Around midnight each of us sat before Albert to receive a limpieza (a "cleansing"). He shook a device made of leaves (called a chakapa) over most parts of my body — head, neck, limb joints — while chanting an icaro.

I spent the rest of the night thinking, not very clearly, mostly about personal stuff. No animal spirits appeared, and I was disappointed that apparently the Spirit of Ayahuasca had nothing to tell me. Three times I needed to piss, so I had to get up, painfully, put my boots on at the door, and go down the path to the toilets and return.

The night wore on. I frequently wondered whether it would ever end, and hoped that dawn would come soon, but it didn't. To make it worse, every hour, it seemed, a cock crowed loudly, right next to where I was lying. I wished that it would die. I was very uncomfortable because my back hurt if I moved, but eventually I fell asleep, but before doing so I decided that this ayahuasca experience best merited the epithet “awful”. I had no wish to repeat it.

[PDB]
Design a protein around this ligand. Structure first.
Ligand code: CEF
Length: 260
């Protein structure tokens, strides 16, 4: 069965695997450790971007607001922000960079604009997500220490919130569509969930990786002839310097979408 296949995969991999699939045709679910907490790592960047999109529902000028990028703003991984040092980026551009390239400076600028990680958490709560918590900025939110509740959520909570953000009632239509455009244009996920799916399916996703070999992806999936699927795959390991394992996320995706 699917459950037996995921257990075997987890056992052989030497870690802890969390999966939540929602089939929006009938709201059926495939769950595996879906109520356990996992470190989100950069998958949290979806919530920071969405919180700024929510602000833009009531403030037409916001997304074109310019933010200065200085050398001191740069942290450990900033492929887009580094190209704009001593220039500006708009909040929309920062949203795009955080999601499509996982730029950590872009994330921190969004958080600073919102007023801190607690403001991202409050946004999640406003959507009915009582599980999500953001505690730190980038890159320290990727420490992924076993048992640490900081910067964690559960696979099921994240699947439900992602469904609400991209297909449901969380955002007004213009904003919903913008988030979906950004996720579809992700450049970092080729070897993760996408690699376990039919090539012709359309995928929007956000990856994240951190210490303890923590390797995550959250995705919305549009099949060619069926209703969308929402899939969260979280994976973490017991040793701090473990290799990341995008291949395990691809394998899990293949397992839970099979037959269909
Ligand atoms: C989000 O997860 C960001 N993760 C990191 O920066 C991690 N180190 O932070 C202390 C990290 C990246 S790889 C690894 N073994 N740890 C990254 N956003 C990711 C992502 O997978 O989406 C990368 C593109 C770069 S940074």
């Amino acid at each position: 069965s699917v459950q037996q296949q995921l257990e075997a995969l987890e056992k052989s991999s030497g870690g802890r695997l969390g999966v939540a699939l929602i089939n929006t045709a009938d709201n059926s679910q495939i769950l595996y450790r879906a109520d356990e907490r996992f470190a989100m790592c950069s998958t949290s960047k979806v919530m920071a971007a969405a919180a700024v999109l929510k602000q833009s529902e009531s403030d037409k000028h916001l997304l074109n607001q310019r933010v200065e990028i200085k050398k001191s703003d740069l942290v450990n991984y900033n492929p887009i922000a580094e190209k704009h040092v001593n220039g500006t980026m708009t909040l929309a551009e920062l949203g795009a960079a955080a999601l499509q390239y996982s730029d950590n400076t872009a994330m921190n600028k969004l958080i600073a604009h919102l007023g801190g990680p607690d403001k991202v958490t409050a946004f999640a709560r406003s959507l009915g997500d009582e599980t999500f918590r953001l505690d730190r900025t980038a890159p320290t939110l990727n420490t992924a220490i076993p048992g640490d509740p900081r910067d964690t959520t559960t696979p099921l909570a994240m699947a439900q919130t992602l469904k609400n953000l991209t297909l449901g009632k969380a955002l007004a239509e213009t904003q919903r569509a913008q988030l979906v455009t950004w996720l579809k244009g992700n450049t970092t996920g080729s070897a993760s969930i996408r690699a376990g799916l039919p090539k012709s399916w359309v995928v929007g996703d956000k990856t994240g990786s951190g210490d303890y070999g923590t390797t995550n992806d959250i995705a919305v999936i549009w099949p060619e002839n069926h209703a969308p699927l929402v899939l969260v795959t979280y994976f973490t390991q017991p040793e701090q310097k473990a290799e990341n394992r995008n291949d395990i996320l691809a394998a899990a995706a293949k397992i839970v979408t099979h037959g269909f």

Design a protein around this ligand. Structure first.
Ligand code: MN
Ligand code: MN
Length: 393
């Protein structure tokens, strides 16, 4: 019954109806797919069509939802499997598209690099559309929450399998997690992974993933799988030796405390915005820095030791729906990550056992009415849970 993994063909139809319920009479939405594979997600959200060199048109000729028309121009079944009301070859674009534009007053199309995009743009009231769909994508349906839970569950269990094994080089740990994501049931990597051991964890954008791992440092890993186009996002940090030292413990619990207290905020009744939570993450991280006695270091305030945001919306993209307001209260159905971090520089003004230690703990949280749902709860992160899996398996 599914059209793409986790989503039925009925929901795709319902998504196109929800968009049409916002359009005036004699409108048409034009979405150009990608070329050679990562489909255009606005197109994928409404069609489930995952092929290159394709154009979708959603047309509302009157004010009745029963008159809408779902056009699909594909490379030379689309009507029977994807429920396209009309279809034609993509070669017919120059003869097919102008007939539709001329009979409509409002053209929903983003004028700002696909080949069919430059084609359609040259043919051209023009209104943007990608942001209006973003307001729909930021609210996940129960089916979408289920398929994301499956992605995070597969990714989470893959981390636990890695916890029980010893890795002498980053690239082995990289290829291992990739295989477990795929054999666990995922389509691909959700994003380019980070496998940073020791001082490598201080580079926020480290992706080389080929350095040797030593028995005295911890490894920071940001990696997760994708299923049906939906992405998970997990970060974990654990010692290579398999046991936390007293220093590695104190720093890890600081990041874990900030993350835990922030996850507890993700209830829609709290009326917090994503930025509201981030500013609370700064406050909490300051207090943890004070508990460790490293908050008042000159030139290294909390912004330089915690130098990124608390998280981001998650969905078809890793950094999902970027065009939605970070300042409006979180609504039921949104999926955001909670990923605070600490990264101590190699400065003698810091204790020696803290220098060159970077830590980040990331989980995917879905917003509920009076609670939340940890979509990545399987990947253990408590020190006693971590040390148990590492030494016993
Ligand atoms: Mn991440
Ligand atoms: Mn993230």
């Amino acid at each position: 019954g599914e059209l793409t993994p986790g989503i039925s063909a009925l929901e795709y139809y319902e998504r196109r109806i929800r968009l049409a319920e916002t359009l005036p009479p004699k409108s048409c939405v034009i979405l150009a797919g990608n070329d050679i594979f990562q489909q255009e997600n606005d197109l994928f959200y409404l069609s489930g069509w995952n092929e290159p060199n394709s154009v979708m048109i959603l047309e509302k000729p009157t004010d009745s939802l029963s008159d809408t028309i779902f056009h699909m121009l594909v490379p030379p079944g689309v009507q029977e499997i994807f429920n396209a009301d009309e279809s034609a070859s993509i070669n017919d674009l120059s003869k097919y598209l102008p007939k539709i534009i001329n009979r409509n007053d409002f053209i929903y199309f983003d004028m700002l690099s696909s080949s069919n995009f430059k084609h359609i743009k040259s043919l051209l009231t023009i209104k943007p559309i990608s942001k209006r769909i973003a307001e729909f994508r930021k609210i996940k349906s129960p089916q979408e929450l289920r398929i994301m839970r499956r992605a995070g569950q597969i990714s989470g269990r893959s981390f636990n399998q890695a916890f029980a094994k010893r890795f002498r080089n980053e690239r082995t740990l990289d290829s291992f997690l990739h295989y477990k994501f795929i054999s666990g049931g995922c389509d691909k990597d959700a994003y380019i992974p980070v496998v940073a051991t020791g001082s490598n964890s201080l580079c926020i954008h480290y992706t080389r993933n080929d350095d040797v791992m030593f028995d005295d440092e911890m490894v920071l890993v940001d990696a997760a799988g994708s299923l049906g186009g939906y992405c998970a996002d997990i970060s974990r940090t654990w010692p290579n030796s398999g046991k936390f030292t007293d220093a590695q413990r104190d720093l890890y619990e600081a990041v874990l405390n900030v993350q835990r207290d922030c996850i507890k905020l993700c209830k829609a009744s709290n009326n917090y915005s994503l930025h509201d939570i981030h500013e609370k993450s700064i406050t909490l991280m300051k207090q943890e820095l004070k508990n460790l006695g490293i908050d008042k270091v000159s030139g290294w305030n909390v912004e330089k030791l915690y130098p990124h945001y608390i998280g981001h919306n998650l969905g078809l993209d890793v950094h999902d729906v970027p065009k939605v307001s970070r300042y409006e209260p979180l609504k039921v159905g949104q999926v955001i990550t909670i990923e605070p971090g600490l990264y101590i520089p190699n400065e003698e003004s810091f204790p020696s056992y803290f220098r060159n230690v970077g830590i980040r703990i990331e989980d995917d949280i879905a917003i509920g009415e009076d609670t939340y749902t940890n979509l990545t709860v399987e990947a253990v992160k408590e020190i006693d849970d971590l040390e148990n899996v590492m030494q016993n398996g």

I awakened to find that the day had dawned, and most of the particpants had left the maloca, so I got up. I was not feeling well. I sat next to the kitchen with Alberto, and Jean translated for me. I mentioned that I had smoked DMT many times, long ago, and had experience of the entities in the DMT space, and that I wanted to see whether some such entities would appear under the influence of ayahuasca. Alberto explained that taking ayahuasca is not meant to produce visions but rather is meant to cleanse one's body, mind and soul of impurities. When all three are healed then, and only then, will ayahuasca enable one to perceive the spirit world. Alberto also said that in this shamanic practice one has to be seriously involved with plants, to get into communion with them, to become part of the world of plants.

Upon leaving, my back was still painful, but I believed it would heal completely in about a week, and it did.

The Second Ayahuascero, Miguel